No place like home

Having shown excellent results from a trial treating children with cellulitis, the researchers set their sights on other conditions that could also benefit from home treatment.

One of those diseases is bronchiectasis, a lung condition that brought a seven year old boy called Leroy to hospital at Christmas time.

Bronchiectasis would normally require a lengthy stay in hospital for antibiotics. In Leroy's case, it would have meant being in hospital for Christmas, a hard ask for a seven year old.

With hospital in the home treatment, Leroy was back in his own bed and waiting for Santa on Christmas Eve.

Instead of up to two weeks away from his family, Leroy had daily visits by a nurse to administer antibiotics and a physiotherapist to help with his breathing. A second physio appointment by teleconference allowed further observation and advice.

As a result, he enjoyed Christmas and the new year at home with mum Amy, dad Simon and sister Violet, playing with their dogs and new toys while welcoming visits from relatives and neighbours. He also got to enjoy home-cooked food.

"The fact that the team came to us made it so much easier," Amy says. "Leroy was really happy being at home. He was more comfortable, for sure. It worked beautifully for us!"

Despite brighter décor and better treatments, hospital remains a daunting place for children.

Besides feeling unwell, they miss family, friends, home and maybe even school. For parents, it means enormous stress and worry, missing work, and higher costs in terms of fuel, parking, meals and more.

Imagine, then, if kids could be successfully treated at home – possibly with even better results.

Moving treatment from hospital to home is happening for more children thanks to a world-first trial developed by MCRI researchers and their colleagues at The Royal Children's Hospital (RCH).


'Hospital-in-the-Home' is a well-established option for patient care after hospital admission. But our researchers wanted to know if we could skip hospital admission altogether and send children home to complete their care after coming into the emergency department.

The project compared the outcomes of 188 children aged six months to 18 years who presented at hospital with the common, and sometimes painful, bacterial skin infection cellulitis. Cellulitis treatment often means a hospital admission to receive intravenous (IV) antibiotics.

Following parental consent into the randomised control trial, a coin toss decided whether the children would receive IV antibiotics in hospital, or at home, with daily staff visits.

The Melbourne Children's campus offered a unique location for this MCRI-led study, given our co-location, shared facilities and close ties with the RCH.

Surprising results

When the results of the trial into skipping the hospital portion of treatment came in, researchers were astounded.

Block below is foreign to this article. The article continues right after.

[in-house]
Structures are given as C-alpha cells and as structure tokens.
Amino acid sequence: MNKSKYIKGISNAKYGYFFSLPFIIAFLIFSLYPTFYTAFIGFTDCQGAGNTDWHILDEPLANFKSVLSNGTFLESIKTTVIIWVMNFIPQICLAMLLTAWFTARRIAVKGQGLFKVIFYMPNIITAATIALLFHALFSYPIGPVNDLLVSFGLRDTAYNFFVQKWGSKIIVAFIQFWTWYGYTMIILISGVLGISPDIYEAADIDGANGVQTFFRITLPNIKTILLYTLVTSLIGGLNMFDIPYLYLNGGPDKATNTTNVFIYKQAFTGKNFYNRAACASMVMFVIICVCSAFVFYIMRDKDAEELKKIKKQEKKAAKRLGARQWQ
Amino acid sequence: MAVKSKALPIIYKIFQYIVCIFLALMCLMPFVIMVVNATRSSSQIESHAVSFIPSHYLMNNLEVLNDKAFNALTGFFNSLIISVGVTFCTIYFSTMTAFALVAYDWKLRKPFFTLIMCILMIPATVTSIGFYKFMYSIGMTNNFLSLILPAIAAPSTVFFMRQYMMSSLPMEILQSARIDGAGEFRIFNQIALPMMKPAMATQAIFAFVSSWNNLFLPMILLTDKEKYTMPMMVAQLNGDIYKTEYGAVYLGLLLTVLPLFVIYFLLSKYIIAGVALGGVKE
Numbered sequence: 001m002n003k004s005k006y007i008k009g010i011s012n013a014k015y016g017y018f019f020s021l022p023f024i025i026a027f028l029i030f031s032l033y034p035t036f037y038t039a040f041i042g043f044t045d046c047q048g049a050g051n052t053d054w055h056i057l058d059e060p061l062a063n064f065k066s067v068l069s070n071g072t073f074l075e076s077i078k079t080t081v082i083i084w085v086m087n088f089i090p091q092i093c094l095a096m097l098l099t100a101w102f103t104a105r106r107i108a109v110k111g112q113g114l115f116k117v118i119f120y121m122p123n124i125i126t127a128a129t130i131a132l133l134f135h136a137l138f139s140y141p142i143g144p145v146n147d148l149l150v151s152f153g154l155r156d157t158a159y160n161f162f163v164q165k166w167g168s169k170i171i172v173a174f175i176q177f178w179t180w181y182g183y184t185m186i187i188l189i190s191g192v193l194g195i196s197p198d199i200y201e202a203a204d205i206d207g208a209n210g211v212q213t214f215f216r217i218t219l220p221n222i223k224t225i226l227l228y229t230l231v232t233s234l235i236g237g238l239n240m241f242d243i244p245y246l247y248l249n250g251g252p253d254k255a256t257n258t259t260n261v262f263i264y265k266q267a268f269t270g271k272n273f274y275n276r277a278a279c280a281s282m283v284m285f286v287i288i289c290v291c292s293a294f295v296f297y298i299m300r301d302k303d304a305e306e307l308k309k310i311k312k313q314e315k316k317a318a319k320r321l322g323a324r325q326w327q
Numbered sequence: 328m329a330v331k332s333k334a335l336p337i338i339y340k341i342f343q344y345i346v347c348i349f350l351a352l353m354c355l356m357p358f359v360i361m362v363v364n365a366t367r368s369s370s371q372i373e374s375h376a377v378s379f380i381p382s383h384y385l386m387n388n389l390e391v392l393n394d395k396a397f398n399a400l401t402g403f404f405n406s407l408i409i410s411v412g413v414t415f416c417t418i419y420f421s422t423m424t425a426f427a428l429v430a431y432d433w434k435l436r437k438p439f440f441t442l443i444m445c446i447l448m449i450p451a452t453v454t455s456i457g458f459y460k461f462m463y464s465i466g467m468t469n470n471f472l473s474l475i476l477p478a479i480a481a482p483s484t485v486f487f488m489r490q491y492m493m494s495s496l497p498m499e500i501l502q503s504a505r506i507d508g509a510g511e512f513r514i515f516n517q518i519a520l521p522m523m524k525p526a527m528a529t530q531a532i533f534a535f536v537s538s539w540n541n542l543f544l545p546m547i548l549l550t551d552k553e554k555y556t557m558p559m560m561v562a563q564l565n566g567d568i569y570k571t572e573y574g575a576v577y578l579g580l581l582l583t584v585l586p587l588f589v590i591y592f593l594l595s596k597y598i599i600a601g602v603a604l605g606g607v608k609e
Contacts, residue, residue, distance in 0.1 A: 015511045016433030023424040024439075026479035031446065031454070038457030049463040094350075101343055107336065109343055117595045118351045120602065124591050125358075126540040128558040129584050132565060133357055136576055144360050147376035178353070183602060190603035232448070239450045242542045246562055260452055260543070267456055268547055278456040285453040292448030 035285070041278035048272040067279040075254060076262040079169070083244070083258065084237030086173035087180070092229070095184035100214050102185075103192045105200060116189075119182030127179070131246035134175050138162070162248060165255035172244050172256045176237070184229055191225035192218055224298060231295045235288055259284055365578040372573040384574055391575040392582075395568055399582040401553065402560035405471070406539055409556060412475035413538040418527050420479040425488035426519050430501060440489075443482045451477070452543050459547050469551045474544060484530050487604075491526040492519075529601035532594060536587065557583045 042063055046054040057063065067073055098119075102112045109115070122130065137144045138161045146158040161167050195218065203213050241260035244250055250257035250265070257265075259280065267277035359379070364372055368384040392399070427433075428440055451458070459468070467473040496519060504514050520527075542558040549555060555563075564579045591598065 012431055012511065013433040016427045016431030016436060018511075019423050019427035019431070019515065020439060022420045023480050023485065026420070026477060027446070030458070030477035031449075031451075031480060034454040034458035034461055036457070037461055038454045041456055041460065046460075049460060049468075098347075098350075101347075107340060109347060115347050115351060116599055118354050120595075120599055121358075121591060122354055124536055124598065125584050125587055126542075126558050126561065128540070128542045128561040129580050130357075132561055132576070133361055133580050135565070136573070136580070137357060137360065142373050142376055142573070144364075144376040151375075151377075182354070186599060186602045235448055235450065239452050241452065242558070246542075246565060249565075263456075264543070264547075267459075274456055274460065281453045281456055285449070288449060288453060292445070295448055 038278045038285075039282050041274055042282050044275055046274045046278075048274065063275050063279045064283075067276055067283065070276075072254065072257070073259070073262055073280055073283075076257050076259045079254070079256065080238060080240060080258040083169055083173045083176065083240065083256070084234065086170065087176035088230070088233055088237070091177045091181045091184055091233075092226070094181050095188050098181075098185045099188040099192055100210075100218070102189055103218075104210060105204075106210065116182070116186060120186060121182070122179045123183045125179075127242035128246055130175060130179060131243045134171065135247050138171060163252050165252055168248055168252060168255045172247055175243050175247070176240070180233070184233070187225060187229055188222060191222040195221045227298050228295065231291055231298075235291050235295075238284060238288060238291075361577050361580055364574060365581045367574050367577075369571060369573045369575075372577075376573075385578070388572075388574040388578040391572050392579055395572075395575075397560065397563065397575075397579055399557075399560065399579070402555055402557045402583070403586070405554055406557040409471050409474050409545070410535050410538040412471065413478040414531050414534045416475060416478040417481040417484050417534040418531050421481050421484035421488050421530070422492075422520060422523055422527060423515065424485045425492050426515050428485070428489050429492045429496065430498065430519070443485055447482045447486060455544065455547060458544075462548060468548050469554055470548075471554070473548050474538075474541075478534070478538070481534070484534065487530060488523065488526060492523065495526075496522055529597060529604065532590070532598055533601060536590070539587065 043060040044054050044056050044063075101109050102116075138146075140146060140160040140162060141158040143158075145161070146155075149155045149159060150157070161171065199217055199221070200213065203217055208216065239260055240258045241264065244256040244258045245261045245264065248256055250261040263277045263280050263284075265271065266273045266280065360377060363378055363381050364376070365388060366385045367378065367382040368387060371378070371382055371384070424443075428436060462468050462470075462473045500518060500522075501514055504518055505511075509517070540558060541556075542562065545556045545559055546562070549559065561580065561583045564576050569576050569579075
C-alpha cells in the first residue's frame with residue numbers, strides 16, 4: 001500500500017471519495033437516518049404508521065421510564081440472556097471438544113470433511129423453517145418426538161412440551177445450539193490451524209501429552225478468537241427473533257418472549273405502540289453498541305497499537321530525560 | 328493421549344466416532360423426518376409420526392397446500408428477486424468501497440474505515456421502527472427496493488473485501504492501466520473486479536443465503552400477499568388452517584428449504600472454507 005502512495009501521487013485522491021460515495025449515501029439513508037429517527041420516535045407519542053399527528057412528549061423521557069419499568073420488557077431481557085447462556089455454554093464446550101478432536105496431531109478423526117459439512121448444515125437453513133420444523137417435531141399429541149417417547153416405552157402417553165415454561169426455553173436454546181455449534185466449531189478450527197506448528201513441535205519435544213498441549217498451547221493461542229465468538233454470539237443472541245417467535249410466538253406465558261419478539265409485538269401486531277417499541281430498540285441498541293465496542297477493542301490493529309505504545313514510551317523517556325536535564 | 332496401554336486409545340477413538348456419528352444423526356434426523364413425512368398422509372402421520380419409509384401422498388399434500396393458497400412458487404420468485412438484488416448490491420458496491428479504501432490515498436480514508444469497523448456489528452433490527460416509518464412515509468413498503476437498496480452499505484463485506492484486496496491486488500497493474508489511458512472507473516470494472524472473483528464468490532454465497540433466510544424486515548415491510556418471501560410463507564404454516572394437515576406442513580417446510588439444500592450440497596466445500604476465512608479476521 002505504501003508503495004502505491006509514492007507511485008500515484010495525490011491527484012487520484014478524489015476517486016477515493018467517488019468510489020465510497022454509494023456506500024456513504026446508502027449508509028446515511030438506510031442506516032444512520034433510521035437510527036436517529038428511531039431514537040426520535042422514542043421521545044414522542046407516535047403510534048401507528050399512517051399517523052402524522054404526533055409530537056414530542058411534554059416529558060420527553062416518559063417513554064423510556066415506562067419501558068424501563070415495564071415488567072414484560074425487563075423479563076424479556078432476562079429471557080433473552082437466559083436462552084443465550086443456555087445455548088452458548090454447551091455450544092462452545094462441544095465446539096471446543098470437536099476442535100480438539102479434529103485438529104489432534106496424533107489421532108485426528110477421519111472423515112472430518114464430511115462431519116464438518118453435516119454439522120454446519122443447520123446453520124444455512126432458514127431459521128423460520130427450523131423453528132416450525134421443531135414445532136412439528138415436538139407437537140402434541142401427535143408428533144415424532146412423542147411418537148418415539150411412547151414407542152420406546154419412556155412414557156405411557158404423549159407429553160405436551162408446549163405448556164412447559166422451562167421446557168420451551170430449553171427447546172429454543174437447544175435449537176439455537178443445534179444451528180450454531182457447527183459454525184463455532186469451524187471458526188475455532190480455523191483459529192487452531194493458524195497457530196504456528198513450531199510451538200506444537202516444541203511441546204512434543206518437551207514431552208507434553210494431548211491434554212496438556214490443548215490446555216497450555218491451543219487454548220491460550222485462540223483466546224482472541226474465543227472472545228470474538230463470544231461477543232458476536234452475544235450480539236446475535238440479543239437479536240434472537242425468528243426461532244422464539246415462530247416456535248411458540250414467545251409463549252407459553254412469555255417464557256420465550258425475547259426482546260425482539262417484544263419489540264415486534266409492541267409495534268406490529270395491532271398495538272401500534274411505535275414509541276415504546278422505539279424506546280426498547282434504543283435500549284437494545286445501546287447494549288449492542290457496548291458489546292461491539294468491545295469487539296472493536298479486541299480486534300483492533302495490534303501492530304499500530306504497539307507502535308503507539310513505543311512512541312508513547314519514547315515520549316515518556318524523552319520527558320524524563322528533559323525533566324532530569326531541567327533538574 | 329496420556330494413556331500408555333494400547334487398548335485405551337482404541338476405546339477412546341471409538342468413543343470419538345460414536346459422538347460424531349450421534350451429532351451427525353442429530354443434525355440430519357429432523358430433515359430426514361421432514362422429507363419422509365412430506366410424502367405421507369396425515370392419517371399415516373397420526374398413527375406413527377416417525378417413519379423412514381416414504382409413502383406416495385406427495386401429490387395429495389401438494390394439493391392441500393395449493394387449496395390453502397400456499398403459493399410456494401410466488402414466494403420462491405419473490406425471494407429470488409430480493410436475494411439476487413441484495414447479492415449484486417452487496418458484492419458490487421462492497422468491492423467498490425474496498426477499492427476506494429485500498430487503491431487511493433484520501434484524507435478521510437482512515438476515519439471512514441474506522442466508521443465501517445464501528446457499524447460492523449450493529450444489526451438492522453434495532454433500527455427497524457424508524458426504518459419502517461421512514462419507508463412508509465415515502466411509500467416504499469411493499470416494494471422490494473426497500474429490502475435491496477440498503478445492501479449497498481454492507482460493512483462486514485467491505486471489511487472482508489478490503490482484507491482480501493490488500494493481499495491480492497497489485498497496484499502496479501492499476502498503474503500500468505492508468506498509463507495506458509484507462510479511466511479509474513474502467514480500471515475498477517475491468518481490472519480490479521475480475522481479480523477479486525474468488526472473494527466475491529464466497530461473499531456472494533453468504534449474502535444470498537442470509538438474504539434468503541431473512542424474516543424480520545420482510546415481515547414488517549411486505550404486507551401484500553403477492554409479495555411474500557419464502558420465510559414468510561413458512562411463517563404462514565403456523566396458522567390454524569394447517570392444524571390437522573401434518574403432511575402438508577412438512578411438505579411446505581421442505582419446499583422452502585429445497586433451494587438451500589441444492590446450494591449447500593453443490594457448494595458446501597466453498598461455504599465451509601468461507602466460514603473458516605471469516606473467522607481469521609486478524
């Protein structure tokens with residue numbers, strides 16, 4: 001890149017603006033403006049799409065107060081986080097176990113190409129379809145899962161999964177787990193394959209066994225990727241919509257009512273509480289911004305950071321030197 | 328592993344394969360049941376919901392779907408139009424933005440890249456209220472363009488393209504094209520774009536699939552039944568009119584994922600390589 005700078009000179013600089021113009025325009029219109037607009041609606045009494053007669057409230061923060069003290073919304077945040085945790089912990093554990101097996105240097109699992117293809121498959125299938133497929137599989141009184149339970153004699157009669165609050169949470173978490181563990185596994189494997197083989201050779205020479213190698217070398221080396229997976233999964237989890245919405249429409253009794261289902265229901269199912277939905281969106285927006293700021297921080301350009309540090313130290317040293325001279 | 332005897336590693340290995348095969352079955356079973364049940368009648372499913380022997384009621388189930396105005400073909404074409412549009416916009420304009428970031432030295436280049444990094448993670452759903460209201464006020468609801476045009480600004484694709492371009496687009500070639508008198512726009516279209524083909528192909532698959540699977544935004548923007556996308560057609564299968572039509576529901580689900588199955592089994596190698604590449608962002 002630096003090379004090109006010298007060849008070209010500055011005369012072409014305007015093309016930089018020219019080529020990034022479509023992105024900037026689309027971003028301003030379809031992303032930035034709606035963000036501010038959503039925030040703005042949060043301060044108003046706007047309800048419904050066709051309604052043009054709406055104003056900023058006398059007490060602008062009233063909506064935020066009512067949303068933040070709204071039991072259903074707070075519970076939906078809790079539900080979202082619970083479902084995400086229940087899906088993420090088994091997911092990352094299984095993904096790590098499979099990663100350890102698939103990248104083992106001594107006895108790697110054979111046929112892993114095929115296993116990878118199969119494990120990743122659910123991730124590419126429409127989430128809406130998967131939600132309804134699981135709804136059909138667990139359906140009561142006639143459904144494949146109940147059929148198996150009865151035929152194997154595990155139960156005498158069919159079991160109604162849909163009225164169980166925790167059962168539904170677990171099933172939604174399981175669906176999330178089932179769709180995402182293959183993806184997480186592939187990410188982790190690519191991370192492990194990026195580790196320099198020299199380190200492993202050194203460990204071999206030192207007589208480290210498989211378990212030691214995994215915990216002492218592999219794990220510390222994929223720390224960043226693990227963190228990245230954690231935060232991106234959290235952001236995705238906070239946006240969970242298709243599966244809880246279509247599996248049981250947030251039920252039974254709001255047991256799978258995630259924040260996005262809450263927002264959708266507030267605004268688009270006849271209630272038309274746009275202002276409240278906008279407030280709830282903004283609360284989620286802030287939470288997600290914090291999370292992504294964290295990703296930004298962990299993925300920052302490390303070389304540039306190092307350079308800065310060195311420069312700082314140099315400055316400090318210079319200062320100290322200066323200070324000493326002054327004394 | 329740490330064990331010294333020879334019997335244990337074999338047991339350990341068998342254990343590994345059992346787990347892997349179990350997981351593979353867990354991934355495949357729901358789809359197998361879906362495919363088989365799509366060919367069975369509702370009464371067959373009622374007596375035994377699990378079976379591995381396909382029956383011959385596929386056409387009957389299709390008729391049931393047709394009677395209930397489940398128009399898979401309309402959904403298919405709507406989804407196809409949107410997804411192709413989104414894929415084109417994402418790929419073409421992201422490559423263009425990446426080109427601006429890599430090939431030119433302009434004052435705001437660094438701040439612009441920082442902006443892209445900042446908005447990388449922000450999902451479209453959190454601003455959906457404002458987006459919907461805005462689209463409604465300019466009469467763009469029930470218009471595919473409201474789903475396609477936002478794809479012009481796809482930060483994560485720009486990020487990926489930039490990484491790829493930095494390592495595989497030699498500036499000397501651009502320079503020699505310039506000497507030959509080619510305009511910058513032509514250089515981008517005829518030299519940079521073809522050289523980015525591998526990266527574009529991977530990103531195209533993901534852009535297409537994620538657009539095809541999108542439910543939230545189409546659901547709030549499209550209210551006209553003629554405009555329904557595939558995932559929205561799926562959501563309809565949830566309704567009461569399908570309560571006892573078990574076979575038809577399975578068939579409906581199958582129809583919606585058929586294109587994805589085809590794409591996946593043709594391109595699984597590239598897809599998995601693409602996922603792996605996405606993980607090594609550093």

Treatment was successful for 98 per cent of children at home, compared to 93 per cent in hospital.

Home treatment also saved money for families and hospitals. The hospital saved almost $1500 per patient. For families, at home treatment cost an average of $400 less than a hospital stay.

Hospital-in-the-Home medical lead, Associate Professor Penelope Bryant, describes it as "an amazing result that we didn't expect".

"Doctors need to be confident that sending a child home for IV antibiotics directly from emergency is effective and safe," she says.

"For the first time we have truly shown that is the case; and by avoiding hospital admission altogether, children also avoid risks such as hospital-acquired resistant infections."

Clinician-researcher Dr Laila Ibrahim led the project for her doctorate, with senior authors and investigators Penelope and Paediatric Emergency Medicine Professor Franz Babl. "My dream is that almost every child, once medically stable, should be treated at home," says Laila.

The results were featured on the cover of the prestigious journal, The Lancet Infectious Diseases. They showed that children treated at home had better outcomes in a range of areas, including adverse events, patient satisfaction and parental and child quality of life.

Further research

Hospital-in-the-Home is now standard care for children presenting to RCH with cellulitis requiring IV antibiotics. It is also part of the RCH Paediatric Clinical Practice Guidelines, which guide hospitals on the east coast of Australia.

More studies are planned or underway for appendicitis, urinary tract infections and bronchiolitis, and patients with autism spectrum disorder are now being treated at home where possible.

Better together

The power of PREDICT to improve health for children

The Hospital-in-the-Home project is an example of the work that can be done through PREDICT – the Paediatric Research in Emergency Departments International Collaborative.

PREDICT has successfully coordinated paediatric emergency research since it was founded in 2004. In 2019, it received funding for a five-year Paediatric Emergency Medicine Centre of Research Excellence (PEM-CRE) from the National Health and Medical Research Council of Australia.

PREDICT was born out of recognition that the role of Emergency Departments (EDs) as the hospital's 'front door' puts them in a unique position. EDs can initiate research into the wide range of acute care issues that bring children and their families to hospital, including those who end up being successfully treated under Hospital-in-the-Home. The PEMCRE will further that work.

Paediatric Emergency Medicine Professor and Vice-Chair of PREDICT Franz Babl says: "PREDICT will provide an improved evidence base for emergency care in children and a platform for emergency and paediatric researchers from all specialties to conduct acute care research."